Women at increasing risk of kidney stones, related ER visits

The risk of women developing kidney stones is rising, as is the number of cases being seen in U.S. emergency departments, while the rate of hospitalization for the disorder has remained stable.

Those are among the findings of a new study led by Henry Ford Hospital researchers that set out to look at trends in visits, hospitalization and charges during a four-year period for who went to U.S. hospital emergency departments for treatment of kidney stones.

"While the number of patients visiting the had increased over that time period, it was who had the greatest increase in visits," says Khurshid R. Ghani, M.D., of Henry Ford's Vattikuti Urology Institute and lead author of the study.

The study is published online in the Journal of Urology.

Citing recent population-based studies that have shown an increase in among women, Dr. Ghani says his team's findings in the ER provide further evidence that the risk of stones in women appears to be increasing.

"Women are becoming more and more obese. Obesity is a major risk factor for developing a kidney stone. And one fascinating thing about women versus men is are more likely to develop a stone than an obese man," says Dr. Ghani.

Drawing raw data from the Nationwide Emergency Department Sample (NEDS), the research team looked for related from 2006 – 2009. They found a total of more than 3.6 million visits for upper urinary tract stones.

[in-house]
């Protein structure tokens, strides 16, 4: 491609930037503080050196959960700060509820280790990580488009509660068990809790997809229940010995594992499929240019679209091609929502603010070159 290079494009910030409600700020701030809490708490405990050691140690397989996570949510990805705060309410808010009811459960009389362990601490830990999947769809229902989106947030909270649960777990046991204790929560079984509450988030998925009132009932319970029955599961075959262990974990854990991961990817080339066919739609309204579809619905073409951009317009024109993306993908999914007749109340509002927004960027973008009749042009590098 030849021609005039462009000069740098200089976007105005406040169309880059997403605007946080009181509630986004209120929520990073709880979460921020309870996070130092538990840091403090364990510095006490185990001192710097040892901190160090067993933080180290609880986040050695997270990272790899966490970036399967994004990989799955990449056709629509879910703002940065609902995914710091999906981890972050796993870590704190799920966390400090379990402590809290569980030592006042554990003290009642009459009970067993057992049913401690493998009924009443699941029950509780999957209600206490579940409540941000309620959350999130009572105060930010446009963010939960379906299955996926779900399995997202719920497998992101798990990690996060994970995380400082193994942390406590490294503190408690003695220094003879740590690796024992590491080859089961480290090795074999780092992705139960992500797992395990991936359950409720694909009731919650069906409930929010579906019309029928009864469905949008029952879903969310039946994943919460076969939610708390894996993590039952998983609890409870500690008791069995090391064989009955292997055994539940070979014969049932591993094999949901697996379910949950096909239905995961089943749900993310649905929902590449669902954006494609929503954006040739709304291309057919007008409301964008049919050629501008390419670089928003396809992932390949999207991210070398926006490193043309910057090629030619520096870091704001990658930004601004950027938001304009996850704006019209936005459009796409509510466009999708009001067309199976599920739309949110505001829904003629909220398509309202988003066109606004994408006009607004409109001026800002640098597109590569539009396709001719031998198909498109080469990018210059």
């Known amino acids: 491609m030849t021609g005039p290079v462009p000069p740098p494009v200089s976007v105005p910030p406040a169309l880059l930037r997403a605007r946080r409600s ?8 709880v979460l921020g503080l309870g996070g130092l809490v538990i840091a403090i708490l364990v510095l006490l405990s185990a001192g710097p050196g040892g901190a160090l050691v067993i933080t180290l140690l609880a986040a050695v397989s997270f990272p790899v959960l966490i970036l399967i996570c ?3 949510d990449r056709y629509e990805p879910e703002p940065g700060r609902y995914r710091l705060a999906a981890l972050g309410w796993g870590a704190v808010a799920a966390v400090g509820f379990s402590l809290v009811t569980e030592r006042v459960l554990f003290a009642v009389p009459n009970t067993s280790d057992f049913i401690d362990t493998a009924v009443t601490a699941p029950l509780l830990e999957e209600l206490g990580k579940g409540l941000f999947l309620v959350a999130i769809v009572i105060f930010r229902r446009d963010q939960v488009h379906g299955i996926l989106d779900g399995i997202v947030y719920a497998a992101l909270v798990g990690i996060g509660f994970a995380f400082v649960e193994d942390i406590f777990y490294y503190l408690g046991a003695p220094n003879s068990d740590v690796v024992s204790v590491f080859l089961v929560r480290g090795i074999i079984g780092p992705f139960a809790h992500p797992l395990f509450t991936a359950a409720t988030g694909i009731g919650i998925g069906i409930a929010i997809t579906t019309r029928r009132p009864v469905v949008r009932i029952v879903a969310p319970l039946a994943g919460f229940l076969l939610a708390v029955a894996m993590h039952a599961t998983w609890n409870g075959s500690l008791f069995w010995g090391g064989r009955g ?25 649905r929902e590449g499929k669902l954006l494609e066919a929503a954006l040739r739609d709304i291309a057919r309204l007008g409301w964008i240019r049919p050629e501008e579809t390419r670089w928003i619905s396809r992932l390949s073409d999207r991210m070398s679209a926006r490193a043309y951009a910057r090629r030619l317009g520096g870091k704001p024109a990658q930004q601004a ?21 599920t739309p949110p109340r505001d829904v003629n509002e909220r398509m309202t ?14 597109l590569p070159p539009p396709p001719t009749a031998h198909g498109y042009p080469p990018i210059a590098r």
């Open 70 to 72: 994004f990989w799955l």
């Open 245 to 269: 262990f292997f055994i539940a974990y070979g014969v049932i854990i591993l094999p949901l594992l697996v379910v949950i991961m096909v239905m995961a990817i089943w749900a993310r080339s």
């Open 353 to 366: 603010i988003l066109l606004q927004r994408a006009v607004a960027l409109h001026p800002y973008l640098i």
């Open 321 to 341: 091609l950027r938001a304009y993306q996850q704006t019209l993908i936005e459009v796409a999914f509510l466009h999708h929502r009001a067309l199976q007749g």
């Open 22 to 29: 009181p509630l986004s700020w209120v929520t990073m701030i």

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During the study period, the incidence of the disorder rose from 289 to 306 per 100,000 people. Among the study group, 12 percent were hospitalized as a result of their visits and rates remained stable during the study period.

"I think in the last 10 years, the way urologists manage kidney stone patients in the ER has changed dramatically," says Dr. Ghani. "Today, the emergency room physician and urologist have access to better that allow for a more precise diagnosis. We use a CT scan, which is a quick test that allows for an immediate diagnosis and is available in every emergency department.

"Better diagnosis may be contributing to our findings that patients are not being admitted to the hospital as frequently as they had in the past.

Also, medication can help with the spontaneous passage of these stones. As a result, some of these patients may be safely managed through the outpatient system with follow-up visits."

For those who do get admitted to the hospital, the study showed that the highest likelihood was related to sepsis, or blood infection, which can sometimes occur when the stone causes a blockage and urinary tract infection.

Most notably, in 2009, the charges for emergency department visits rose to $5 billion in 2009 from $3.8 billion dollars in 2006.

"One of the possible reasons for the increase in charges is the use of a CT scan to diagnose a kidney stone," Dr. Ghani says.

"Fifteen years ago, around 5-10 percent of patients visiting the emergency department for a kidney stone would get a CT scan. Today, 70 percent of patients who visit the emergency department get a scan. While they're wonderful tools of technology that allow an accurate diagnosis, they are expensive," says Dr. Ghani.

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